It takes about two or three minutes per page to do the basic scanning, after accounting for proper positioning attempts, previews, the full scan, the slowness of the software and disk processing, and trying to handle things carefully. That just gets me a bunch of extremely large raw images that still need to be postprocessed, though. Stuff like the colour curves and black level adjustment could be skipped if I’m not feeling too picky, but at the very least it has to be cropped, rescaled to a manageable size, compressed, and checked for gross errors or aliasing patterns.

For now I’ll probably only bother doing this on my very favourite and rarer, hard-to-replace issues. For others, I may as well let someone else do all the work and just find some pirate scans online… :-P

Brick And Mortar Is Dead

I’ve been saving up a list of books that have been recommended by people I know from various places on the net. So, tonight I went down to the fairly large Chapters store at Chinook to buy some of them, and I could not find a single one of the titles.

It’s not like they’re obscure, out-of-print books either; I jumped on and found every one of them available new, and that’s where I’ll be getting them from. No, in most cases their major fault was simply being more than five or ten years old, or being earlier in a series. That last one in particular baffles me; they’ll stock the latest and greatest book in a long-running series or world, but not the early ones that someone new to it might like to start off at?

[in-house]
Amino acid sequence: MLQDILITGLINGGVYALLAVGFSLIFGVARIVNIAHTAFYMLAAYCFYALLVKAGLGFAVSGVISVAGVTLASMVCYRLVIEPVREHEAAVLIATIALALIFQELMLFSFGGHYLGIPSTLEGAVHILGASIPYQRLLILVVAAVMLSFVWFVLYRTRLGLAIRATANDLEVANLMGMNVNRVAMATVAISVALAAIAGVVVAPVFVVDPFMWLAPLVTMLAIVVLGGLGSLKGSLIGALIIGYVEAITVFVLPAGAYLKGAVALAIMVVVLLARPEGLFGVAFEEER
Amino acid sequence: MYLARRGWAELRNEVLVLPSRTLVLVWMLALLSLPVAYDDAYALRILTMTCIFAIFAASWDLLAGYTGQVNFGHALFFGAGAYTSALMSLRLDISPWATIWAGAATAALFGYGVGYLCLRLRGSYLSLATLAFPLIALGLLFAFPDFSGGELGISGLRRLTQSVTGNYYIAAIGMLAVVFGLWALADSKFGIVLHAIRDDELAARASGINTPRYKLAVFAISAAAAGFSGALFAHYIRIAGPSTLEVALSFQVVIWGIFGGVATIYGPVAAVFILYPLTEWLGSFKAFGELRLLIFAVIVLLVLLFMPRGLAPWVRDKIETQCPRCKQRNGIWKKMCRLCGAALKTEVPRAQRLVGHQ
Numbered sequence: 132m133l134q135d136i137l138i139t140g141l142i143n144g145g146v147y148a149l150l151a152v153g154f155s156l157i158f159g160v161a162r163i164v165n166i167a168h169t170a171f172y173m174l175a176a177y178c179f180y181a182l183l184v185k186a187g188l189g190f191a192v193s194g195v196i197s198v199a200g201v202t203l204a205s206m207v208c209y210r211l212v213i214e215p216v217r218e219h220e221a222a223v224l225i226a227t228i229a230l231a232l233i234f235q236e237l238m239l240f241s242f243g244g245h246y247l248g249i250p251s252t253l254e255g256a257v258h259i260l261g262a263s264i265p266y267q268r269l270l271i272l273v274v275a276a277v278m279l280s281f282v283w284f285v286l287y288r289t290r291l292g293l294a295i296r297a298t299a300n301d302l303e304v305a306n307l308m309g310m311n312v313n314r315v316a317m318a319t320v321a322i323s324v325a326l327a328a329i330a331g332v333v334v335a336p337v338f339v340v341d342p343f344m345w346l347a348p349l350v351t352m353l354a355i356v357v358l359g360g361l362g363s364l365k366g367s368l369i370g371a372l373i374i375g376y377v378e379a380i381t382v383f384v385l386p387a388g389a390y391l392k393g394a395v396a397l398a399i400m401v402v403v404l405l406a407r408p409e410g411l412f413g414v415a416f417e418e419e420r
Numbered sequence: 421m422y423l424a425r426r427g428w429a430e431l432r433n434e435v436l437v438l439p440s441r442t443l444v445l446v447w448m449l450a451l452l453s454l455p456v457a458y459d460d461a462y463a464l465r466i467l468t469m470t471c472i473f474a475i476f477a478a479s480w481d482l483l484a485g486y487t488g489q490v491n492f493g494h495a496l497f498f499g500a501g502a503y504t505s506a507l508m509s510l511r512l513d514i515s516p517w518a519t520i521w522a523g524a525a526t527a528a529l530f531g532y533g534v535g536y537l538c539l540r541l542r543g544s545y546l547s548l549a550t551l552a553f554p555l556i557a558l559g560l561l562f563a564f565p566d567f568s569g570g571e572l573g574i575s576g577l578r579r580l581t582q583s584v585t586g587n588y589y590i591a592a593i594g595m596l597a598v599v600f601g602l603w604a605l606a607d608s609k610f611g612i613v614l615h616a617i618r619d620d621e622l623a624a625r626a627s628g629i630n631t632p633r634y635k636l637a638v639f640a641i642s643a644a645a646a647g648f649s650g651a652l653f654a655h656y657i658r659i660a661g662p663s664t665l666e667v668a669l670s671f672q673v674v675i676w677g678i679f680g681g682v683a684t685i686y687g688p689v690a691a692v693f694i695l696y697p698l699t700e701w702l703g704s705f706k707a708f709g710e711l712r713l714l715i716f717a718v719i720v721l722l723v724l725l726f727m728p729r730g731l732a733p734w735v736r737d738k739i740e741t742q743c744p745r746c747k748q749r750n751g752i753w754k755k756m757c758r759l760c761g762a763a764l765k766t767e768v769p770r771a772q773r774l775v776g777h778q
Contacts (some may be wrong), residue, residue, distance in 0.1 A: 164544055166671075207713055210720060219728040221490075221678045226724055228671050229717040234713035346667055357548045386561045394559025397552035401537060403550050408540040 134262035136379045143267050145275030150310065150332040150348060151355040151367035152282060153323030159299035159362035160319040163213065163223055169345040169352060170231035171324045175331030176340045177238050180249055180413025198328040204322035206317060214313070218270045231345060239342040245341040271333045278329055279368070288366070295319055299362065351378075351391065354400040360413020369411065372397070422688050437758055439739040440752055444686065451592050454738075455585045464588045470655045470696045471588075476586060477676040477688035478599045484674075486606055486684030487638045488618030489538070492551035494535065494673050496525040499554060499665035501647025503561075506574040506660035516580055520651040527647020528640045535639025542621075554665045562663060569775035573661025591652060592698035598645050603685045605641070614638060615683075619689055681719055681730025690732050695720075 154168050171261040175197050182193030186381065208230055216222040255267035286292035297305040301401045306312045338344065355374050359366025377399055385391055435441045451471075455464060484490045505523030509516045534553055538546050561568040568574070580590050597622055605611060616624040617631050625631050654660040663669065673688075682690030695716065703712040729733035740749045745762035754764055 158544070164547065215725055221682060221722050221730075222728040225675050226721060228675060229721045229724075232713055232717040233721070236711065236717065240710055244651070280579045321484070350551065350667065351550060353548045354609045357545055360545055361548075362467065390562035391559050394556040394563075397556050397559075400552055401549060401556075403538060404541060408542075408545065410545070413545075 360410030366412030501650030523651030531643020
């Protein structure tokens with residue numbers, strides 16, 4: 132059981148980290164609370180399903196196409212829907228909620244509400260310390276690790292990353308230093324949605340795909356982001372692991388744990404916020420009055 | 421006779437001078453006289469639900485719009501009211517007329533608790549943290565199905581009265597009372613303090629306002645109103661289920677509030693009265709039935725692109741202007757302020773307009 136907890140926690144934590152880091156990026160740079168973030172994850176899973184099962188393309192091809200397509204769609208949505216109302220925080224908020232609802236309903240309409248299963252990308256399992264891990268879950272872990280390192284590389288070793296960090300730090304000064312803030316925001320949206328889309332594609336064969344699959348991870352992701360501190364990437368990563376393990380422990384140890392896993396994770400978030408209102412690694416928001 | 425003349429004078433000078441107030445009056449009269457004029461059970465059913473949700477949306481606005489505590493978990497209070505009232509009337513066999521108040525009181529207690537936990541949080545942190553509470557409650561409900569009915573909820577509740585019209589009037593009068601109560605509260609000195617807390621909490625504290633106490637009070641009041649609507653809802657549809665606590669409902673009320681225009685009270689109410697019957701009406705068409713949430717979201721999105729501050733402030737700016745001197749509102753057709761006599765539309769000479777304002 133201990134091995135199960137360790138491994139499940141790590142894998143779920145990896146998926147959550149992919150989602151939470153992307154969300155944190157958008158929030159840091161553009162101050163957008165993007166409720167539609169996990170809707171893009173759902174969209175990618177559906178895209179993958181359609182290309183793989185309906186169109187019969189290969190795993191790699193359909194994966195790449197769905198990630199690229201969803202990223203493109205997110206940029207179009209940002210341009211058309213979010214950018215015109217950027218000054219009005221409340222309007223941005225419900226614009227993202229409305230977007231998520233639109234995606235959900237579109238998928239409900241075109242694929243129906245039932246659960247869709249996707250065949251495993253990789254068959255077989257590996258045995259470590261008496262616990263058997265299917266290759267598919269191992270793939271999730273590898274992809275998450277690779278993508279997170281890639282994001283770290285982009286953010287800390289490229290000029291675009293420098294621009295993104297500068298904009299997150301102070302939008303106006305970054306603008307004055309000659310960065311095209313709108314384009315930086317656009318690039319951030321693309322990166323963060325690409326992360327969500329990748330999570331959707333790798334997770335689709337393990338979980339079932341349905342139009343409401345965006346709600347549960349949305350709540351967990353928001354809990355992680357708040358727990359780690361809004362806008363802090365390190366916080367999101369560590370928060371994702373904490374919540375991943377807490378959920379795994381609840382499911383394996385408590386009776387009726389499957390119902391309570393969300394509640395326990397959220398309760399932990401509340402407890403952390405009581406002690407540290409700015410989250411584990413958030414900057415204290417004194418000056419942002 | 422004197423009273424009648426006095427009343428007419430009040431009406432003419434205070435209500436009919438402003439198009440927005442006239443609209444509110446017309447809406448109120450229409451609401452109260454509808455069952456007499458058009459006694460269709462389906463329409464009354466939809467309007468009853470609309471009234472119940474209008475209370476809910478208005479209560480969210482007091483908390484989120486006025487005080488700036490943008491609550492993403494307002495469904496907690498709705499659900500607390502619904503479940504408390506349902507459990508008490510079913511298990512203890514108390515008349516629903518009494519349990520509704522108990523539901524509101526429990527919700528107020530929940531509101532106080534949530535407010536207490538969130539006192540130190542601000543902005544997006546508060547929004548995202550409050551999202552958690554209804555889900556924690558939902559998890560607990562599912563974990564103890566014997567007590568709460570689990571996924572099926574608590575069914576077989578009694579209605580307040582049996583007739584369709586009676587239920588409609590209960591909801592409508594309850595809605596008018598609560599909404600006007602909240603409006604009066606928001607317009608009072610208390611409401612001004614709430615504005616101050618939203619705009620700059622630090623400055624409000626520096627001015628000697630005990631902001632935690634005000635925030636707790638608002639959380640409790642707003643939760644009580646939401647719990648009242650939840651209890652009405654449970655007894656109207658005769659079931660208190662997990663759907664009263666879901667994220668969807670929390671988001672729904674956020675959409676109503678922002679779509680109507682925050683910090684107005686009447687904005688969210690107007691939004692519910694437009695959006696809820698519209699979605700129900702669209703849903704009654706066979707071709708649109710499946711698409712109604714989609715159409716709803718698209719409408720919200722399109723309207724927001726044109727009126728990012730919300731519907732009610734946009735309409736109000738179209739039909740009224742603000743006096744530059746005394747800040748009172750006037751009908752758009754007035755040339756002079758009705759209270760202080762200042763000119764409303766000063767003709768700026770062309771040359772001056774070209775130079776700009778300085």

I also took a look at the technical books, and although there were a couple interesting ones, the standard prices are still a lot higher than what I can get online.

Instead, I just picked up a few popular classics that I’d been meaning to get around to eventually, but still left without a single one of the books I’d intended to get there. Amazon, here I come (again).

The Obscurity Of Fame

“In order to set her straight, I had to let her know that the reason she’d never heard of me was because I was famous.”

An interesting interview with Neal Stephenson. I’m working my way through Cryptonomicon, and although it’s slow going, it’s still pretty interesting. It’s not really so much about cryptography itself (there are no silly “oh no, he’s only 13 bits away from breaking the asymmetric vault key on the RS/6000!” scenes) as it is about scenarios where it’s a subtle influencing factor, in wartime and business, and the kinds of people (proto-geeks, if you will) you might find involved.

Wheel Of Zzzzz…

Not only do I have a stack of games to work through, but I have a stack of books waiting, too.

Currently I’ve been trying to get through The Eye of the World, the first book of the Wheel Of Time series, and it’s been slow going. So far there’s been a lot of Vague Hinting, people constantly Running Away From Imminent Threats, and descriptions of the world and people as they travel, but it still doesn’t really feel like anything interesting is happening yet. There isn’t anything that really compels me to continue reading.